Another essential part of the initial sessions is conducting a thorough assessment of the client’s presenting issue, history of treatment, previous diagnoses, medical conditions, etc. Therapists often use standardized questionnaires to inquire about client’s symptoms. Clients are often asked to self-monitor their anxiety symptoms, which can help identify precipitating factors to panic attacks.
Coping Skills Training
Relaxation training is often useful in the treatment of panic attacks. While relaxation training alone does not seem to be enough in itself to control panic attacks (Arntz & VanDenHout, 1996), it can produce a reduction in the general feelings of anxiety (Taylor, Kenigsberg, & Robinson, 1982). As part of relaxation training, clients can learn about progressive muscle relaxation as well as guided imagery to manage feelings of anticipatory anxiety.
Diaphragmatic breathing is similar to deep breathing used in relaxation but often counting is used to guide the rate of the client’s breathing. It can be done in an alert state with eyes open, which some clients find easier than relaxation.
Clients, who suffer from panic attacks, often misperceive and misinterpret normal reactions of tension or anxiety and mislabel these feelings as a panic attacks (Clark & Ehlers, 1993). These misinterpretations need to be challenged through discussion and behavioral exercises (Salkovskis & Clark, 1991) or by estimating the likelihood that the catastrophic event will actually occur (Clum, 1990). Then clients can learn to replace these faulty interpretations with more realistic ones (Clark et al., 1994).
Coping statements can also be helpful by cultivating a sense of safety, predictability, and control over events and physical sensations. Moreover, clients can learn to view stressful situations as opportunities to change and grow.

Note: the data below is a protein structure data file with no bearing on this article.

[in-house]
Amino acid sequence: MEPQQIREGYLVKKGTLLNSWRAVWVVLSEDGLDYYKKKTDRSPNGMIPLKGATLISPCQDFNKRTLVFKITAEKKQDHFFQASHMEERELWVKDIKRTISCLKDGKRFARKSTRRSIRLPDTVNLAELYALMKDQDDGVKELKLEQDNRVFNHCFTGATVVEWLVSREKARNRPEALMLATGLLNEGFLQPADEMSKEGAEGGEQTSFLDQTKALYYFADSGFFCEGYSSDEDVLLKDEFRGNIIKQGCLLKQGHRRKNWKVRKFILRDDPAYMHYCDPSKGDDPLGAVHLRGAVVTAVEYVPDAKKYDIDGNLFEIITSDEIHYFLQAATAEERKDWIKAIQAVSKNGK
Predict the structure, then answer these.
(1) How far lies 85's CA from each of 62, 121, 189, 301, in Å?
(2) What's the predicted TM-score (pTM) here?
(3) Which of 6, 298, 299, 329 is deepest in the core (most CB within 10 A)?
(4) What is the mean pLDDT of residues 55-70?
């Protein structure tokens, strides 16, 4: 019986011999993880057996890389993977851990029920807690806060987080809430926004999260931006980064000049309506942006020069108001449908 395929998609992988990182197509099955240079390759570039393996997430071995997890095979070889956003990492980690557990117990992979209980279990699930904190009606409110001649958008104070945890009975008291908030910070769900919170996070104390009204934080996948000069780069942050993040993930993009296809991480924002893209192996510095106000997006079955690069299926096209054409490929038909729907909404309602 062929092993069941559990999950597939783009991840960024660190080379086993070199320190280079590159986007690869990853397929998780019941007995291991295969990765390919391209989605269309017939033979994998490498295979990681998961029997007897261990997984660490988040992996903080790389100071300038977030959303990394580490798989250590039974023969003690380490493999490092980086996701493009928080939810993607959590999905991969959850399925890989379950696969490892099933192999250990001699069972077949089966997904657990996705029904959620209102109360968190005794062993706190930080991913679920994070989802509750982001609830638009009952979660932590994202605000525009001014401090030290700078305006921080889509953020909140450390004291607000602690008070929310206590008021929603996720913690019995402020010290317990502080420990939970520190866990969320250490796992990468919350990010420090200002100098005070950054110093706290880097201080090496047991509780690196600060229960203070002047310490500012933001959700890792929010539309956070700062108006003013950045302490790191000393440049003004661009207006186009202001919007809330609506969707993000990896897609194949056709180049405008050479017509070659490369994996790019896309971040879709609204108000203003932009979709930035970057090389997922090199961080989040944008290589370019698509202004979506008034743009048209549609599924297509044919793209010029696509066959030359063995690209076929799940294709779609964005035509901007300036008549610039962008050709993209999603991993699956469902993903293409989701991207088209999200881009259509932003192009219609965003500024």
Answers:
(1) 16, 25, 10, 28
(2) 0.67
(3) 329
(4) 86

Exposure to the Feared Stimuli
Exposure sessions help clients learn that they can experience the symptoms of arousal without the feared consequences (Barlow & Cerny, 1988). Interoceptive exercises allow clients to confront the physical sensations associated with panic without letting them spiral into a panic attack. For instance, bodily spinning or hyperventilation can be used in session to induce feelings of dizziness or lightheadedness.
In imaginal exposure, the therapist reads the script of the feared situation to the client in session over and over until the client’s anxiety subsides.
In vivo exposure is used to help clients reduce their tendency to avoid situations that often elicit a panic attack (Clum, 1990). Sometimes a hierarchy of challenging situations is created and the client gradually works through the steps with the help of the therapist. Eventually clients develop the attitude that they will deliberately seek out and confront difficult situations.
When clients have made considerable headway in therapy, they may not need weekly sessions anymore. However, temporary lapses can occur and clients need to learn that these can be useful areas for continued growth and learning and do not mean that they have lost all progress. Relapse prevention also includes helping clients seek out situations that are perceived as threatening. Learning to view difficult situations as challenges makes clients stronger and more able to utilize their coping skills on a regular basis.